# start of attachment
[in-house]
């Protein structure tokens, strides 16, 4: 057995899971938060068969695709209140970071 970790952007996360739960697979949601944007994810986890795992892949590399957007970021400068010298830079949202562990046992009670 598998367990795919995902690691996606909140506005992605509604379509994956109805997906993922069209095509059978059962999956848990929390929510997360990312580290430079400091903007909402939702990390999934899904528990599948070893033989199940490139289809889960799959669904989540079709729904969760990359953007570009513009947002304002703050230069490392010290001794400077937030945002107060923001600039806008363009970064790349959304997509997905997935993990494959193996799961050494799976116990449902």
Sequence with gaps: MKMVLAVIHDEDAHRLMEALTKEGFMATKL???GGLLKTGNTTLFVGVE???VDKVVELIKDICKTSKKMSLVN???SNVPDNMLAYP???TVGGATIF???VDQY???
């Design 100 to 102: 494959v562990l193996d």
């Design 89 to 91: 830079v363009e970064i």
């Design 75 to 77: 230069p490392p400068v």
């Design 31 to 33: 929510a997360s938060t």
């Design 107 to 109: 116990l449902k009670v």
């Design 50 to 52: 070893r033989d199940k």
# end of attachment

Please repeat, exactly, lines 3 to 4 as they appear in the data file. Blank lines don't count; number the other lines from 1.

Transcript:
Sequence with gaps: MKMVLAVIHDEDAHRLMEALTKEGFMATKL???GGLLKTGNTTLFVGVE???VDKVVELIKDICKTSKKMSLVN???SNVPDNMLAYP???TVGGATIF???VDQY???
């Design 100 to 102: 494959v562990l193996d």